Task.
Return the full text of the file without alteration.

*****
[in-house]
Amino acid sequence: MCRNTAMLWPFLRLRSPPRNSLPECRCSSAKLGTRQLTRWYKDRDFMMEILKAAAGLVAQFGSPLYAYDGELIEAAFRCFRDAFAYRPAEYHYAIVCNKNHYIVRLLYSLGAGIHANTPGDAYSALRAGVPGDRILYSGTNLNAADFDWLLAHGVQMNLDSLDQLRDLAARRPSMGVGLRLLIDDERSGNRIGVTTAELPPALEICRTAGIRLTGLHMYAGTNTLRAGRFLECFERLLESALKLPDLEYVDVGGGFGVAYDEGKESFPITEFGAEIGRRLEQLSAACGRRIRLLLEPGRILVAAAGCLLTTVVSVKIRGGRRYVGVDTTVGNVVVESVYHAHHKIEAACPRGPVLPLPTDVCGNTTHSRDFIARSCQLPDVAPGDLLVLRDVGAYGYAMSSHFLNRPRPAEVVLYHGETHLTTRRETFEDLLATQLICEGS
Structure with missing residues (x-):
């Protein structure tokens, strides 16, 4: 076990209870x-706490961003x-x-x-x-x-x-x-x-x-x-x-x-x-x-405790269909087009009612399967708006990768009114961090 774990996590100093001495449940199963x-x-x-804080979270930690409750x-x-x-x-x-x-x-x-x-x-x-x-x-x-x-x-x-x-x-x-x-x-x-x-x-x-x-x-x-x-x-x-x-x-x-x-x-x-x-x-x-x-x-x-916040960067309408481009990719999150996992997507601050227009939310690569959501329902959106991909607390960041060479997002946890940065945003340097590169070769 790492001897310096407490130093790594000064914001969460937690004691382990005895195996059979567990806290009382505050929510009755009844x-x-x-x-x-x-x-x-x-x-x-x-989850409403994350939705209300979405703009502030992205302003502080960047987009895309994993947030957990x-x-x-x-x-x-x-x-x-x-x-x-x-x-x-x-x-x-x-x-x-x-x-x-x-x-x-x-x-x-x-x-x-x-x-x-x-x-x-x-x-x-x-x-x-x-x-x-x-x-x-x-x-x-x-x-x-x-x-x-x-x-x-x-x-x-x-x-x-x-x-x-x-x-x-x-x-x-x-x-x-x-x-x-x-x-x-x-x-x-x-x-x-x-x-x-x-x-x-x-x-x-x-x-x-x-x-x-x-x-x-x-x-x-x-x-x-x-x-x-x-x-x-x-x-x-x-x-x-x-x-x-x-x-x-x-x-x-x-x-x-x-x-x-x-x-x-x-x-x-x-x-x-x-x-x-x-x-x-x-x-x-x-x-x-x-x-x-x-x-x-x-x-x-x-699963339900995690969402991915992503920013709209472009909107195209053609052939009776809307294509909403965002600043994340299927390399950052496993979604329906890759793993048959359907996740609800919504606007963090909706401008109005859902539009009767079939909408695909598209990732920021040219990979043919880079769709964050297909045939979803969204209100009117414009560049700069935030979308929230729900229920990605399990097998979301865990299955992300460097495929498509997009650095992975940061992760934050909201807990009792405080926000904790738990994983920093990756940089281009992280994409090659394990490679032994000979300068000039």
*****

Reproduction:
[in-house]
Amino acid sequence: MCRNTAMLWPFLRLRSPPRNSLPECRCSSAKLGTRQLTRWYKDRDFMMEILKAAAGLVAQFGSPLYAYDGELIEAAFRCFRDAFAYRPAEYHYAIVCNKNHYIVRLLYSLGAGIHANTPGDAYSALRAGVPGDRILYSGTNLNAADFDWLLAHGVQMNLDSLDQLRDLAARRPSMGVGLRLLIDDERSGNRIGVTTAELPPALEICRTAGIRLTGLHMYAGTNTLRAGRFLECFERLLESALKLPDLEYVDVGGGFGVAYDEGKESFPITEFGAEIGRRLEQLSAACGRRIRLLLEPGRILVAAAGCLLTTVVSVKIRGGRRYVGVDTTVGNVVVESVYHAHHKIEAACPRGPVLPLPTDVCGNTTHSRDFIARSCQLPDVAPGDLLVLRDVGAYGYAMSSHFLNRPRPAEVVLYHGETHLTTRRETFEDLLATQLICEGS
Structure with missing residues (x-):
């Protein structure tokens, strides 16, 4: 076990209870x-706490961003x-x-x-x-x-x-x-x-x-x-x-x-x-x-405790269909087009009612399967708006990768009114961090 774990996590100093001495449940199963x-x-x-804080979270930690409750x-x-x-x-x-x-x-x-x-x-x-x-x-x-x-x-x-x-x-x-x-x-x-x-x-x-x-x-x-x-x-x-x-x-x-x-x-x-x-x-x-x-x-x-916040960067309408481009990719999150996992997507601050227009939310690569959501329902959106991909607390960041060479997002946890940065945003340097590169070769 790492001897310096407490130093790594000064914001969460937690004691382990005895195996059979567990806290009382505050929510009755009844x-x-x-x-x-x-x-x-x-x-x-x-989850409403994350939705209300979405703009502030992205302003502080960047987009895309994993947030957990x-x-x-x-x-x-x-x-x-x-x-x-x-x-x-x-x-x-x-x-x-x-x-x-x-x-x-x-x-x-x-x-x-x-x-x-x-x-x-x-x-x-x-x-x-x-x-x-x-x-x-x-x-x-x-x-x-x-x-x-x-x-x-x-x-x-x-x-x-x-x-x-x-x-x-x-x-x-x-x-x-x-x-x-x-x-x-x-x-x-x-x-x-x-x-x-x-x-x-x-x-x-x-x-x-x-x-x-x-x-x-x-x-x-x-x-x-x-x-x-x-x-x-x-x-x-x-x-x-x-x-x-x-x-x-x-x-x-x-x-x-x-x-x-x-x-x-x-x-x-x-x-x-x-x-x-x-x-x-x-x-x-x-x-x-x-x-x-x-x-x-x-x-x-x-699963339900995690969402991915992503920013709209472009909107195209053609052939009776809307294509909403965002600043994340299927390399950052496993979604329906890759793993048959359907996740609800919504606007963090909706401008109005859902539009009767079939909408695909598209990732920021040219990979043919880079769709964050297909045939979803969204209100009117414009560049700069935030979308929230729900229920990605399990097998979301865990299955992300460097495929498509997009650095992975940061992760934050909201807990009792405080926000904790738990994983920093990756940089281009992280994409090659394990490679032994000979300068000039």